For our last quarterly challenge, we really did challenge ourselves. It seems that it was so hard and w were so busy that we were quite lacking in the photo department. We'll tell you about it anyway. We decided to keep with the season and make gingerbread houses. We each made one but instead of also doing a collaborative effort, we opened the competition up to friends that were coming to the Christmas party. We had 2 takers: our friend Jerome built a house from scratch and Larry built a train from a kit. Both entries were very much appreciated but only one’s architect was cursing us, and the gingerbread format during construction.
We too were hating all things gingerbread in designing and building too. We researched and found a lot of great ideas and suggestions but as we were trying to implement some original ideas, we emerged with a very trying gingerbread experience.
Sara learned about rolling the dough evenly. Her walls came out a bit thick and uneven. This made the gift of rolling pin bands for Christmas all the more appreciated, if not ironic. The implementation of stained glass windows in her church also didn’t go according to plan.
She used the same process as the sugar cookies that we made but these candies did not stay solid. We don’t know if it was because she used butterscotch candies or if the gingerbread somehow absorbed and transferred moisture to the candy, but it turned sticky and did not work. We considered putting a sign in front of the church soliciting donations for renovation.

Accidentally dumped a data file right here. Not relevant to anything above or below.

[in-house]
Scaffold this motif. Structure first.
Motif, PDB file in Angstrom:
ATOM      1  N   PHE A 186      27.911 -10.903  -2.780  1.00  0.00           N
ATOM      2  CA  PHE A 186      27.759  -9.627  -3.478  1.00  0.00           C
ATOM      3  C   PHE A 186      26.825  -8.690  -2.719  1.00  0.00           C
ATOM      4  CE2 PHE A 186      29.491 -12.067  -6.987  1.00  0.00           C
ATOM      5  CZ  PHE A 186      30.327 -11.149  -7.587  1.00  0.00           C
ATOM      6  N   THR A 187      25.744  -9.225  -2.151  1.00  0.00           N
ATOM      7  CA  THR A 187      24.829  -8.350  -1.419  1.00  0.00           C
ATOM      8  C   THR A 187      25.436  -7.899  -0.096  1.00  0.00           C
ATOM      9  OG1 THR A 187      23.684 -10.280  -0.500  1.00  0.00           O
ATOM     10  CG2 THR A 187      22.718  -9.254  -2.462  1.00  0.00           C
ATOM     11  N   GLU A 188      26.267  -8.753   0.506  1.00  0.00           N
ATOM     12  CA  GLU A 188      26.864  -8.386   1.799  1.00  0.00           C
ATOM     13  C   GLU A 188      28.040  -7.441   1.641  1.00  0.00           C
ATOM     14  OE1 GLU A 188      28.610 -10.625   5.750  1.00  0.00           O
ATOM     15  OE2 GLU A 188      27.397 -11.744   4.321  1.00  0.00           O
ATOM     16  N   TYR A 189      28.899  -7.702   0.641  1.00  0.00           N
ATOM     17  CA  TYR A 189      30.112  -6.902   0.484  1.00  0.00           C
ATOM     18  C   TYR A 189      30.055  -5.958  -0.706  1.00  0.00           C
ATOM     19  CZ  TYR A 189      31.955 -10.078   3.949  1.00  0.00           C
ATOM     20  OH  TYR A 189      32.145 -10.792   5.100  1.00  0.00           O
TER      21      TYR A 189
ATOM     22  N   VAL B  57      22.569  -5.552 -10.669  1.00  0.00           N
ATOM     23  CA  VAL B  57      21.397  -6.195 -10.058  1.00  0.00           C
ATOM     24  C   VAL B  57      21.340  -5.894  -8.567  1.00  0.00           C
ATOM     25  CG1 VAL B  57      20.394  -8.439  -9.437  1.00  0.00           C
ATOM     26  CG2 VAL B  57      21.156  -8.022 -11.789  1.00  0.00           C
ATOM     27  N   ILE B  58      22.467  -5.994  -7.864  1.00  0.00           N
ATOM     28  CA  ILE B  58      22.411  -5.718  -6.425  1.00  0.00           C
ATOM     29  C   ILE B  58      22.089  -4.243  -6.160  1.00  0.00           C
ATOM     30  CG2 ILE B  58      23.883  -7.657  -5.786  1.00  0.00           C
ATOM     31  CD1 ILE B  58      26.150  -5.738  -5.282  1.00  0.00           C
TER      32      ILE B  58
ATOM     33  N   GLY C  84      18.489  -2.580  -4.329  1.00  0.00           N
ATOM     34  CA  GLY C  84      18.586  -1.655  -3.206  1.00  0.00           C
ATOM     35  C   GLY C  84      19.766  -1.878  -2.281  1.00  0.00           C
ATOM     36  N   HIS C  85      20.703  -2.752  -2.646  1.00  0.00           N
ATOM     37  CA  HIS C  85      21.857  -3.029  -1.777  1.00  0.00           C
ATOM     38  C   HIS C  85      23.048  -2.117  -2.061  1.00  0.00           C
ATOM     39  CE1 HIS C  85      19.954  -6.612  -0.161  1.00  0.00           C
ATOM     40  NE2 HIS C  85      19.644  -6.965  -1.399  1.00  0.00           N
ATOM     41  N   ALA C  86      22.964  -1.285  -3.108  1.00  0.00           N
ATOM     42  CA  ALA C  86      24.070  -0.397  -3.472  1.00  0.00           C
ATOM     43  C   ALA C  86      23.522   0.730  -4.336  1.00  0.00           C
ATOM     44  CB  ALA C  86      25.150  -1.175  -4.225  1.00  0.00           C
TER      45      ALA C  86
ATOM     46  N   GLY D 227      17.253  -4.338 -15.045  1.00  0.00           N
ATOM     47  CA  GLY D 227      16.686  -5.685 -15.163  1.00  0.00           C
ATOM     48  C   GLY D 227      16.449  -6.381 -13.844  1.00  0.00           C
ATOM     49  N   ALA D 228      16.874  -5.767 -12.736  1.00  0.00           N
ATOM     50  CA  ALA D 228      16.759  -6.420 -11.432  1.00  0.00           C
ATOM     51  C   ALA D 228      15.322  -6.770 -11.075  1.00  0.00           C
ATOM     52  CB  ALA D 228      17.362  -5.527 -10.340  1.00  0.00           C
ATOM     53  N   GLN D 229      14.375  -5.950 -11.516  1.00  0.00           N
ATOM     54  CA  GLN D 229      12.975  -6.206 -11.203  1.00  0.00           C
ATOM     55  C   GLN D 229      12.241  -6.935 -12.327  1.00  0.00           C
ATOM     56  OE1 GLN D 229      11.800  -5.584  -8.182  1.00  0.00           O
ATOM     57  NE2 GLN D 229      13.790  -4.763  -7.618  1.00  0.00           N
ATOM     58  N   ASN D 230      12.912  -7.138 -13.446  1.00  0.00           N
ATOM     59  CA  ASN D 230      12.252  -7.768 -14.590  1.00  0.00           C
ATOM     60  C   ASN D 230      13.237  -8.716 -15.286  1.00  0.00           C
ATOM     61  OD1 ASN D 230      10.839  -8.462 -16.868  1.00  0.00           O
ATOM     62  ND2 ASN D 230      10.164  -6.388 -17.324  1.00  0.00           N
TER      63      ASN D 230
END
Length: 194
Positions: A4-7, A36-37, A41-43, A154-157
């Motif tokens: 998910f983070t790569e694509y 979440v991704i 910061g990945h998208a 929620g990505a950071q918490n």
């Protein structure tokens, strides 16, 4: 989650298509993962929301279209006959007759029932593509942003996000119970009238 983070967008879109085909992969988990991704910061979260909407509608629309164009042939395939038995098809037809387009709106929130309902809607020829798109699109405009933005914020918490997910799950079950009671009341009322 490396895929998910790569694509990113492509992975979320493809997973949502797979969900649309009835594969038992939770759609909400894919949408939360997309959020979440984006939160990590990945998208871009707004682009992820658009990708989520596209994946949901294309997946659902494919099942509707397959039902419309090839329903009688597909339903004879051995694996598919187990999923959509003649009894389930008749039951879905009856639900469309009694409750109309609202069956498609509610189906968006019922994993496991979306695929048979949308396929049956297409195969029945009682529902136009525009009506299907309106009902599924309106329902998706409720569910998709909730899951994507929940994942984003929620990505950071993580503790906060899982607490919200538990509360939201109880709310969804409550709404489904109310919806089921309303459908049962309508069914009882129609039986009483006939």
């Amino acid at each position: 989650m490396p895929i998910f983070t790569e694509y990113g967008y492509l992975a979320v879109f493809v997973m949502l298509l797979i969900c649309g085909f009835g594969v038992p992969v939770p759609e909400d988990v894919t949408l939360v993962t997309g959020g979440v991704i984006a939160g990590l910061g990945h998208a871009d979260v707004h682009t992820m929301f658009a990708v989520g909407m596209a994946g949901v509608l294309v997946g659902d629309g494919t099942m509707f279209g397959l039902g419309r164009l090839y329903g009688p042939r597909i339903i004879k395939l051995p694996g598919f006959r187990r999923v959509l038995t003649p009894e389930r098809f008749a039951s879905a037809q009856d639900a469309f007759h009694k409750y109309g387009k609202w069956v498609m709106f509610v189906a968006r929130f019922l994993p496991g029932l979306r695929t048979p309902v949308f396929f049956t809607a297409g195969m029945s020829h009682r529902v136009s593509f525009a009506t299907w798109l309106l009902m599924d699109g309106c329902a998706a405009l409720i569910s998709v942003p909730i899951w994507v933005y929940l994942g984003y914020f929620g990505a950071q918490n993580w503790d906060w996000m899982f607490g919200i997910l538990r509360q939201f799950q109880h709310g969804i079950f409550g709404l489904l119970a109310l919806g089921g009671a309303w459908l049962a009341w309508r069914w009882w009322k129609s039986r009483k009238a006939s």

I learned about flying buttresses and support walls and beams. I tried to make a train station, but found that the length of the structure could not be supported by only four walls. This was discovered the morning of the party when my gingerbread train station looked more like the Viking’s Metrodome.
Dad tried to fix it as we went about our other preparations but the walls broke too and he was looking at what he thought was a catastrophe. In the waning hours before the party, I cut off the broken pieces, shortened the structure and made a small house out of what was left. It was simple, not what I had planned, but it was done.
Jerome also had trouble with his house. The slope of the roof was pretty intense and one side slid off even though he applied a lot of frosting to glue it into place. He painted his house with chocolate and had snow and a lot of cute touches.
So, the winner of our last quarterly challenge is neither Erin nor Sara, but Jerome. Congrats and thanks for participating. We all agree that it will take a lot of convincing to get any of us to try making a gingerbread house again.
Lessons learned: Simpler is better when it comes to making a gingerbread house. Worry about the decorations and details after you have a standing structure.